This collaborative International Research Experience for Students (IRES) award will support 15 U.S. undergraduate students and one graduate student, under the direction of Drs. Romi Burks from Southwestern University and Kenneth Hayes from University of Hawaii, to carry out collaborative research in Brazil and Uruguay for three years. The program is co-organized by Dr. Silvano Thiengo from the Instituto Oswaldo Cruz in Brazil and Dr. Mariana Meerhoff from the Universidad de la Republica in Uruguay. The goal of the project is to create an Ampullariidae model for a group of aquatic snails commonly called apple snails using phylogeography, laboratory integration, and field inquiry. Brazil harbors the greatest number of ampullariid species and genera and provides the largest latitudinal span (~37º) of any country in South America. Additionally, the original Guaraní, word "Uruguay" translated into Spanish as "river of the snails." Study of the phylogeny of these snails can be used to investigate important evolutionary processes, particularly those associated with major habitat transitions (e.g. marine to freshwater to terrestrial). Students' research will focus on quantifying genetic variation in this understudied group of aquatic snails, identifying patterns of speciation, investigating traits that promote invasiveness, and determining reproductive potential. This IRES award brings together a diverse community of researchers and students from the United States, Brazil, and Uruguay. In addition to working directly with the host scientists, U.S. students will blog about their international research experience and work closely with other undergraduate and graduate students from the host country. Participating students will also develop educational materials that can be used locally in their host countries. Upon return to their home institution, students will disseminate their results through professional meetings, scientific publications, and social media networks. The research also has important societal benefits as apple snails are highly invasive species and vectors of parasitic nematodes that can cause illness in mammals, including humans. Insights into how the trophic roles that these snails inhabit in native habitats may lend insight into how to deal with their presence in invaded wetland ecosystems such as the Florida Everglades.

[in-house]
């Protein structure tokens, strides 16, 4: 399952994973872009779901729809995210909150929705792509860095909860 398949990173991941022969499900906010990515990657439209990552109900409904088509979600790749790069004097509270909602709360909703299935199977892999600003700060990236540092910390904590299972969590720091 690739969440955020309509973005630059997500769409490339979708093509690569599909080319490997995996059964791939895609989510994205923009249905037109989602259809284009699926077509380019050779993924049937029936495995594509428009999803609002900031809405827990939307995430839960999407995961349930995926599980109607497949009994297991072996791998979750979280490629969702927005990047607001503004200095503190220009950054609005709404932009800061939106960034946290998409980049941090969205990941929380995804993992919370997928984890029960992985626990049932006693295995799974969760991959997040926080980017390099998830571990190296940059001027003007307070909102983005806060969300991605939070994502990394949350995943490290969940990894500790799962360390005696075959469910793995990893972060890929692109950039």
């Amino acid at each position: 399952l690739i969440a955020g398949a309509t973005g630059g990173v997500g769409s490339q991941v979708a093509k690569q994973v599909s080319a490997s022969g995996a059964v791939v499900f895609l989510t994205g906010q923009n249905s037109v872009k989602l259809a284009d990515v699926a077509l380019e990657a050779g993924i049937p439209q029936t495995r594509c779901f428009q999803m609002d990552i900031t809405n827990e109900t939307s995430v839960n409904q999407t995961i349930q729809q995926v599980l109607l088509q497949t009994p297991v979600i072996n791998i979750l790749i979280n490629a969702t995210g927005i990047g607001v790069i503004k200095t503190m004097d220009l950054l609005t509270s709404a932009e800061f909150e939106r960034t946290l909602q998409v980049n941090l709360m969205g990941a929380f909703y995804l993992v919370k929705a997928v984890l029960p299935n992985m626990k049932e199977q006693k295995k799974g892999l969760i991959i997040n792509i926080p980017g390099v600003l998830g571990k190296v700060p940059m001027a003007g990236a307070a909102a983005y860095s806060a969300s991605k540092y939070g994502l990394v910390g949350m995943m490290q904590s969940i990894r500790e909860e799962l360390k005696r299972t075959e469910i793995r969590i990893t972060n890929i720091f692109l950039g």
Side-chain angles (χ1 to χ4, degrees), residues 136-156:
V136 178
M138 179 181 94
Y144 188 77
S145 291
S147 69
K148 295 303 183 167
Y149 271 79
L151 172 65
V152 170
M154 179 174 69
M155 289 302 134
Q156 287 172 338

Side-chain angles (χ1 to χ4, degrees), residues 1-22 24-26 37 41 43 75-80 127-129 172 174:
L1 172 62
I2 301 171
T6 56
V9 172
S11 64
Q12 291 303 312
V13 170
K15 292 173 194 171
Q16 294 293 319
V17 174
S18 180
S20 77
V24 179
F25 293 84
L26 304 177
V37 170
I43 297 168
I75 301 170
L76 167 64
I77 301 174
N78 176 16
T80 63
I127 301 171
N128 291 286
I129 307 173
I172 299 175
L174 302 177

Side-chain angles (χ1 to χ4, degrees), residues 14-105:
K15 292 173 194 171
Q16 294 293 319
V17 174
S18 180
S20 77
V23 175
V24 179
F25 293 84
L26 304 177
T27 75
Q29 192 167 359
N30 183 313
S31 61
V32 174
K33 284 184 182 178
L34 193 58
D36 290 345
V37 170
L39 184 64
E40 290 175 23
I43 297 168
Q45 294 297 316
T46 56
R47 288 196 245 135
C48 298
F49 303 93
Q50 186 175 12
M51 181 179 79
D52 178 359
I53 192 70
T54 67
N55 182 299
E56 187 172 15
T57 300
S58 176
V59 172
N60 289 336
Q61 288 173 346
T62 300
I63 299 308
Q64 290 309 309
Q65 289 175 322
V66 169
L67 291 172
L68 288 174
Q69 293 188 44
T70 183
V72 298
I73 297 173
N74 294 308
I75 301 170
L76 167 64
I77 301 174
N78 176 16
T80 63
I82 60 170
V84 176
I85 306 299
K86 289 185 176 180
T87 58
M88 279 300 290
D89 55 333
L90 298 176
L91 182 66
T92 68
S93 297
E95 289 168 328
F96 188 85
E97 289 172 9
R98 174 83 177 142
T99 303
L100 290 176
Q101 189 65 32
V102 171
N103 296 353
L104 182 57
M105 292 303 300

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University of Hawaii
United States
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